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Paterson River history

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three of Benjamin Lee's blocks of land

Above: The land on which Leeholme stood. Paterson Road is at right, with Iona Lane branching from it. Leeholme was in the orange portion, near the river.

Leeholme gates now in Bolwarra

Above: Leeholme's gates, now in Bolwarra (photo: Cameron Archer).

Leeholme being demolished in 1919

Above: Leeholme being demolished in 1919 (photo: Cultural Collections - John Turner Collection).

'Leeholme' was a stately residence that once stood on the banks of the Paterson River in the locality known as 'Old Banks', the eastern side of which is part of the Woodville district (see photo of house at bottom of page). It was built by John Leonard Lee who was one of the sons of Benjamin Lee snr who had purchased the land decades earlier.

Benjamin Lee snr was a veteran of the Napoleonic wars who arrived in Sydney in 1829 as a bounty immigrant on the ship Mary with his wife Lucy Ann, nee Poulton. He was initially indentured to TP Macqueen and managed his Segenhoe property for a year before moving to Parramatta where he bought town allotments. He was the licensee of several hotels and acquired land on the Paterson River.

In 1834 he purchased 76 acres, shown in purple at right, that was originally part of John Reynolds' farm although Lee was the first to gain official title. Lee purchased an adjoining 56 acres, shown in brown, from George Poulton, that was originally part of Reynolds farm and included a little of Richard Binder's farm. He added the 82 acres shown in green, also originally Binders'. Benjamin Lee snr owned other blocks of land nearby as well.

Cecily Mitchell takes up the story:

Benjamin Senior left the Paterson and lived in affluence in Parramatta, dying there in 1879, aged 91. He left 15 children, many of whom became distinguished in politics and the army. His eldest son, Benjamin Lee Jr., represented West Maitland in the Legislative Assembly from 1864 to 1874. Another son, Charles A. Lee who moved to Tenterfield, also entered the Legislative Assembly in 1884... It is his name that lives on for ever in the town of Leeton, named in his honour for the valuable work he did for the Murrumbidgee Irrigation Area.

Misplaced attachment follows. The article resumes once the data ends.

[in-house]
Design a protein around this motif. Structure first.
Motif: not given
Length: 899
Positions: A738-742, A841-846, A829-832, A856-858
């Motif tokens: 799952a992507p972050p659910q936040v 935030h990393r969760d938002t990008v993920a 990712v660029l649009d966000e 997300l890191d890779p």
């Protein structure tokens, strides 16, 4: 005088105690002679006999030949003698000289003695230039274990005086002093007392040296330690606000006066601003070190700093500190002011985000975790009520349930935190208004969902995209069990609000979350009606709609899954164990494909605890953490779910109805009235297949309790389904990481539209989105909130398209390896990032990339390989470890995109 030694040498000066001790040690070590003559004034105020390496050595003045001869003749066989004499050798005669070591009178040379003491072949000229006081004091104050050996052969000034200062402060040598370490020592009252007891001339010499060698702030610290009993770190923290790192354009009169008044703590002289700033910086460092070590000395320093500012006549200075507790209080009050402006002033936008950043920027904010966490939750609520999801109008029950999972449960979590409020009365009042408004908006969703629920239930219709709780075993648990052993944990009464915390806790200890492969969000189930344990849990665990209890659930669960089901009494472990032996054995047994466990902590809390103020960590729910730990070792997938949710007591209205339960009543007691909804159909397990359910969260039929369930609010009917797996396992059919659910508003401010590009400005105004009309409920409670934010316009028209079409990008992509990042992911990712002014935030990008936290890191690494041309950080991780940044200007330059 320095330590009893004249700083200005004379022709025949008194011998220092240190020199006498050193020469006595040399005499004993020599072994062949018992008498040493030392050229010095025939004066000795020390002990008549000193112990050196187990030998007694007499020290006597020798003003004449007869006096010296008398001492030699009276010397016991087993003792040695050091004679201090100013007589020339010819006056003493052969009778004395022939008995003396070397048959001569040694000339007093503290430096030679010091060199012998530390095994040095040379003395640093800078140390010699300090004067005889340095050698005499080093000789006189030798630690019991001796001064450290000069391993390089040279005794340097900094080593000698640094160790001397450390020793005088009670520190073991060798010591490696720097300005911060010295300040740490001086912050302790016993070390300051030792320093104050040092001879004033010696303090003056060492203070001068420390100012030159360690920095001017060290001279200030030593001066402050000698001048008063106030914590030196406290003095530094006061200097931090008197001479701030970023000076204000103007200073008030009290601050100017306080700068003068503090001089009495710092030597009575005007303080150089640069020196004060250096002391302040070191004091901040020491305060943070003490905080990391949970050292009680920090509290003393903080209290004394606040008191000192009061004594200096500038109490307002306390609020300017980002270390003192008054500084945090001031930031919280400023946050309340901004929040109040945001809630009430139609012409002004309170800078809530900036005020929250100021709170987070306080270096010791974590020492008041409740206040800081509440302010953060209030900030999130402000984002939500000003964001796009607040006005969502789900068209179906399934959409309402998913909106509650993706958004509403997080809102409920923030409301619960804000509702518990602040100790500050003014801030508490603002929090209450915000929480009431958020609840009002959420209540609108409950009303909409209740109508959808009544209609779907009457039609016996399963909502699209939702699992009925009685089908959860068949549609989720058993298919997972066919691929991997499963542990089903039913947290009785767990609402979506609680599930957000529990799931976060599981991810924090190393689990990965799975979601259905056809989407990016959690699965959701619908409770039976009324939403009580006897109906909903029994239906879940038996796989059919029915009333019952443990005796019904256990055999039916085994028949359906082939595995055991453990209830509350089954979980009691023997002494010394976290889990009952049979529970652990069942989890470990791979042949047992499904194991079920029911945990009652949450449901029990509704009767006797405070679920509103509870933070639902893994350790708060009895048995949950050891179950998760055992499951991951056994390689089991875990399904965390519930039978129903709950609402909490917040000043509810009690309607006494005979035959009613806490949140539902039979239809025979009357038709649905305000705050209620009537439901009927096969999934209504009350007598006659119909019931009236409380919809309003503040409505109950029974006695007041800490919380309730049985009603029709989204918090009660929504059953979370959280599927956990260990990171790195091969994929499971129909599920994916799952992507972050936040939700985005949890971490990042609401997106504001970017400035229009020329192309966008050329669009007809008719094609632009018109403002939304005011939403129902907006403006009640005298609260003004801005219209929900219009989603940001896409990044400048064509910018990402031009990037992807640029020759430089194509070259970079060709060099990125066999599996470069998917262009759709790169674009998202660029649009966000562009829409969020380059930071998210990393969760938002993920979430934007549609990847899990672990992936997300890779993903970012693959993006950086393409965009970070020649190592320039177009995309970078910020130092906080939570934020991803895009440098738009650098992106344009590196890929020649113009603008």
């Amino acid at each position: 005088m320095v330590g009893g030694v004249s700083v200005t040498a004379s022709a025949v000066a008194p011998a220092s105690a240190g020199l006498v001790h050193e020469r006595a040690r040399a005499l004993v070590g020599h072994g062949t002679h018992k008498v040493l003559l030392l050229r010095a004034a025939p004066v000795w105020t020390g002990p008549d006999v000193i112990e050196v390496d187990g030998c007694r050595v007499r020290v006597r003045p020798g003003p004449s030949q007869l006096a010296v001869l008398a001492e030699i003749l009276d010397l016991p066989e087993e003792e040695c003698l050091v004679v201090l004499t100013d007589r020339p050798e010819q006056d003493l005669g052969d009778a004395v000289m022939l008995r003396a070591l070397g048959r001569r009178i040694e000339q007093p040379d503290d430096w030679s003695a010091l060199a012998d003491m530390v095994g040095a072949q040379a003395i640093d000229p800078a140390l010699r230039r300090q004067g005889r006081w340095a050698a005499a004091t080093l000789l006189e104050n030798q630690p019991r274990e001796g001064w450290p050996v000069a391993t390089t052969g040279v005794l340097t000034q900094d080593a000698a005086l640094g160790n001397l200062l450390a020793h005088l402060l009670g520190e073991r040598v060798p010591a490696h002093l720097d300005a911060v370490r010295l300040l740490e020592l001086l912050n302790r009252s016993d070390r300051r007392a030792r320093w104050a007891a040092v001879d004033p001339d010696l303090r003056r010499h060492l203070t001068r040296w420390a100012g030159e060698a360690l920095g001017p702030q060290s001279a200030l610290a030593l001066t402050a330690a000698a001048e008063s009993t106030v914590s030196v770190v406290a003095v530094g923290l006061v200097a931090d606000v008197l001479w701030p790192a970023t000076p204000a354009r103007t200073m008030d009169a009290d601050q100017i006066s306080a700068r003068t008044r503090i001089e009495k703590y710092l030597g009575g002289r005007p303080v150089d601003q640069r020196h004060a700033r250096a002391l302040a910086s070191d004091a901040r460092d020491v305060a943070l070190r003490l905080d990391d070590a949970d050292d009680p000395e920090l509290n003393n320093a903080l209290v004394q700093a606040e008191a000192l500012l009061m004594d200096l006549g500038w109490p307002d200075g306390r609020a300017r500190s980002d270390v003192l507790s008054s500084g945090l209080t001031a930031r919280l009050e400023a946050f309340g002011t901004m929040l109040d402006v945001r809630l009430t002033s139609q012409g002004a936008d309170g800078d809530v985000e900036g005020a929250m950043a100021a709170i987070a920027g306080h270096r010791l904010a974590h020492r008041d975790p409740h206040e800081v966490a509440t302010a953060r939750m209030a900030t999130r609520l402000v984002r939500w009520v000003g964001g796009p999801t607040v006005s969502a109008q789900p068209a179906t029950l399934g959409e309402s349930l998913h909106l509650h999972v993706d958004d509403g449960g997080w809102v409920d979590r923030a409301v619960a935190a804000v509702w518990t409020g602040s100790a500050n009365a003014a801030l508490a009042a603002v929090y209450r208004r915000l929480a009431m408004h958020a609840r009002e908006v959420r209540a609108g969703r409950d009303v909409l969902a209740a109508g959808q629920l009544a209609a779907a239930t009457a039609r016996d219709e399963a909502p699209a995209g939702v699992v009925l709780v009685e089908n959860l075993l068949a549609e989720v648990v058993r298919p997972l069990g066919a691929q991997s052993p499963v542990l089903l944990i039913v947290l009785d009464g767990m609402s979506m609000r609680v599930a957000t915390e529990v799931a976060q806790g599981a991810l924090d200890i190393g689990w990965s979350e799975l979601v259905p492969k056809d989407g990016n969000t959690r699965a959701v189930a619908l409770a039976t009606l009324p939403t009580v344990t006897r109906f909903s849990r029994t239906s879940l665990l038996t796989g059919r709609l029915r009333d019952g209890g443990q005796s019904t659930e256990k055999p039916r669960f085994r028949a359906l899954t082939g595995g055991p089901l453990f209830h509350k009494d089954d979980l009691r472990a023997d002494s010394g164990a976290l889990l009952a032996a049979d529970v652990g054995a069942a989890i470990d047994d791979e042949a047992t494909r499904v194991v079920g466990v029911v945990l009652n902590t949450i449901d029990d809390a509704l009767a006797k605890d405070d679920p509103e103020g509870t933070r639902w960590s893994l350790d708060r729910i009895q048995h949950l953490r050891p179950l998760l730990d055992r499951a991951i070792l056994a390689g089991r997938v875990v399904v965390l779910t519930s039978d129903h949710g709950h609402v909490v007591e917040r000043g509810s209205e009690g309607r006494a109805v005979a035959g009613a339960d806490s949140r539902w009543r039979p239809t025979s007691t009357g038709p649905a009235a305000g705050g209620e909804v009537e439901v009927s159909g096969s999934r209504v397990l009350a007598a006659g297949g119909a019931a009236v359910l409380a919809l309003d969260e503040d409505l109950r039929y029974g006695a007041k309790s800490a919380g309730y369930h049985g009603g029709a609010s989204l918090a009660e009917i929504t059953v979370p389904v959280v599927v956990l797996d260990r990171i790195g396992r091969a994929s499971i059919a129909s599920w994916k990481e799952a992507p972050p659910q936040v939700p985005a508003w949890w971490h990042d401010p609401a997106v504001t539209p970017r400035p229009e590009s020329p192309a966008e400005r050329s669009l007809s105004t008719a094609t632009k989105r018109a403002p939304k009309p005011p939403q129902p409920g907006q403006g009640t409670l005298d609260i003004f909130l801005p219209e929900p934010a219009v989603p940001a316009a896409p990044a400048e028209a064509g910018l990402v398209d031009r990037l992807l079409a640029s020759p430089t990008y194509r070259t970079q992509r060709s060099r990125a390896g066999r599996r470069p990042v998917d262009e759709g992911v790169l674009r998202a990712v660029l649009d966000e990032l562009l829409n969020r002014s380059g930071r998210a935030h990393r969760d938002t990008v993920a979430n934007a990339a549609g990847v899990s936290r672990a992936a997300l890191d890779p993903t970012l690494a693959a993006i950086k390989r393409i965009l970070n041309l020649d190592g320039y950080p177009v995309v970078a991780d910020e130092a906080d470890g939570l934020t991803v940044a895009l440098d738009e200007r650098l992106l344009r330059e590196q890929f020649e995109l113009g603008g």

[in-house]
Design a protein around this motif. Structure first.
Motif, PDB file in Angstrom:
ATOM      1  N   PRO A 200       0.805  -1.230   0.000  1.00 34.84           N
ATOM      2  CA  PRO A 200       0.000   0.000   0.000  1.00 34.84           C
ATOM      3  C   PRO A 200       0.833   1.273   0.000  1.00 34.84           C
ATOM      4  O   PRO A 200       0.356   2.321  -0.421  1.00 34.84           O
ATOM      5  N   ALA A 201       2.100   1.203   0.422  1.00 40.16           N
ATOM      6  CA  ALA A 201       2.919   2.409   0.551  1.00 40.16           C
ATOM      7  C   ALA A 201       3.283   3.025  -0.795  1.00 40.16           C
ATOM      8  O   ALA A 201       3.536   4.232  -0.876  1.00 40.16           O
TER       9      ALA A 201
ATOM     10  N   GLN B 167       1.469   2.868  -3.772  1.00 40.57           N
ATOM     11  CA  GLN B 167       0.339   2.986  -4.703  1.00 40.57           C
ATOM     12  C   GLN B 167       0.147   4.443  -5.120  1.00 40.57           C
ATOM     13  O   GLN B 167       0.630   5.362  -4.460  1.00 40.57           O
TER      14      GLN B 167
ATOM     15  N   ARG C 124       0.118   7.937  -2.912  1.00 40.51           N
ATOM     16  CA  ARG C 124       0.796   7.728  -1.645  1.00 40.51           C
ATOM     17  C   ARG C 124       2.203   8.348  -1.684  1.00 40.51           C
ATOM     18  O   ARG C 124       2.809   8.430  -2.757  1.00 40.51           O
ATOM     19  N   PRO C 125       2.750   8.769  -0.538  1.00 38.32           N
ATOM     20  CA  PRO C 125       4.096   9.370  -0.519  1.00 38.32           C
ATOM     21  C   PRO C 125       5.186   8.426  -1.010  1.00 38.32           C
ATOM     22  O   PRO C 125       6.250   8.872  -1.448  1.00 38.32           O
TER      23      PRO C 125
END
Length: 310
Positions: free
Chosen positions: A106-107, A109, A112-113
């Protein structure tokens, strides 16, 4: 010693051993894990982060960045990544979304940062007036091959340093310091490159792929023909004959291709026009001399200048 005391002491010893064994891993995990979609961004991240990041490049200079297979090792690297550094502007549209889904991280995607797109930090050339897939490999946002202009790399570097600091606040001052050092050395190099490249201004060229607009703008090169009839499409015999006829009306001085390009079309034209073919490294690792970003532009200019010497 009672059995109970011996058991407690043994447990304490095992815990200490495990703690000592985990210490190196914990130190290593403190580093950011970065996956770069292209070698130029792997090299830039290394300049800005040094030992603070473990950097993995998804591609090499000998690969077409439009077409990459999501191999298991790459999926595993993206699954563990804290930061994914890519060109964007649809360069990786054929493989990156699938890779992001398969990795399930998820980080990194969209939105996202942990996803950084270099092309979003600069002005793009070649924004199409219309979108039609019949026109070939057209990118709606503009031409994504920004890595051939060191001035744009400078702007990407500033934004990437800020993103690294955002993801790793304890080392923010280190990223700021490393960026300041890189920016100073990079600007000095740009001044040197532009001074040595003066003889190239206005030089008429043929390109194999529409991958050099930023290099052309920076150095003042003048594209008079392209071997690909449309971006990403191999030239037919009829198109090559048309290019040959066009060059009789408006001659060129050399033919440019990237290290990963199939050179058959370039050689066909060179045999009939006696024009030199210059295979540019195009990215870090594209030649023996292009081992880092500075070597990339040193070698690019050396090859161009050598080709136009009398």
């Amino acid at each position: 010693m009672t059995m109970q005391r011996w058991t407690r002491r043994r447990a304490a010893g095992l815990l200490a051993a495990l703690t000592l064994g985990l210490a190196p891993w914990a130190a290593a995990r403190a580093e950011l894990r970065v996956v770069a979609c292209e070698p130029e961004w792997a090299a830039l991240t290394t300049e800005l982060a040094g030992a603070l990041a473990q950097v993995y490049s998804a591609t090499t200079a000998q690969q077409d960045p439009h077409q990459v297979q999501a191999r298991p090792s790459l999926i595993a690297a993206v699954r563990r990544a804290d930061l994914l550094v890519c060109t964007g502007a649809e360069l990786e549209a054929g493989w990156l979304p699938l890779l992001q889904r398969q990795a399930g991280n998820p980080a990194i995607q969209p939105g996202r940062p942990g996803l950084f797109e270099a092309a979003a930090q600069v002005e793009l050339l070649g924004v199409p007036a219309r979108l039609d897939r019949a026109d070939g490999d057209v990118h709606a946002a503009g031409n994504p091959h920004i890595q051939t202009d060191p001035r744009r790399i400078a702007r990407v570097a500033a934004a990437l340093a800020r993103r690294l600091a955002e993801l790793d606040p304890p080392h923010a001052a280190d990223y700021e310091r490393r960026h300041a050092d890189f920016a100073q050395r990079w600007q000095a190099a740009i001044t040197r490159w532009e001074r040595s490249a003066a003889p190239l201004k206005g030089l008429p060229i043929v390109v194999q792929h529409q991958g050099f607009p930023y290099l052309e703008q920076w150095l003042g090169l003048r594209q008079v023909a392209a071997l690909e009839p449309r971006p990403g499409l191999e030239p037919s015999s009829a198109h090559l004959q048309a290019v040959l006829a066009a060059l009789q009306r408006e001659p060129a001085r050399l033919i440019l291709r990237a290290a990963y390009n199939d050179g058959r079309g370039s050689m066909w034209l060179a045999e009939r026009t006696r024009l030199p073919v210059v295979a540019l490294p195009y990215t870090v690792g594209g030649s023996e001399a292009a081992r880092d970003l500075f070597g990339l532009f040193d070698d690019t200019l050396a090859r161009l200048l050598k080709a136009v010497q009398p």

John Lee, who had Leeholme built, was the fourth son of Benjamin snr. He was born at Parramatta in 1834 and came to Maitland in 1847. In 1857 be began his own grocery and drapery business in West Maitland which grew to be one of the largest retail businesses in the northern districts at that time, employing about 20 people. He held the office of major of West Maitland in 1867, 1868 and 1878, and flood gates for protecting low-lying parts of the shire were constructed during his term in office.

In 1882 John Lee commissioned architect John W Pender to draw up plans for his 'villa residence' that he would name 'Leeholme'. Tenders for its construction were called in the Maitland Mercury on 4 November 1882 (page 1) and the construction contract awared to Robert James the following month. On 31 January 1884 the villa was nearing completion and a highly detailed description of it can be found online in the Maitland Mercury.

Leeholme was demolished in 1919.

Pender's design for Leeholme 1882

Above: The design for Leeholme, drawn by architect John W Pender in 1882 (photo: Cultural Collections).


Above: Leeholme shortly after completion in 1884 (photo: State Library NSW - HB Ballard).

See also

Map of Patersons Plains 1821 showing landholdings.

Australian Dictionary of Biography - Benjamin Lee jnr.


Old Parish maps, NSW for Butterwick Parish.

Cannon, Geoff. The First Title Holders of Land in the Counties of Camden, Cook, Hunter, Durham and Gloucester, 2004 (CD).

Galbraith, Sheila. Errat & Co - Chronicles of the Store, Walcha. Sydney: by the author, 2012.

Hunter, Cynthia. The Settlers of Patterson's Plains. Paterson: Paterson Historical Society, 1997.

Mitchell, Cecily. Hunter's River. Sydney: 1984.

Walsh, Brian. European Settlement at Paterson River 1812 to 1822. Paterson: Paterson Historical Society, 2012.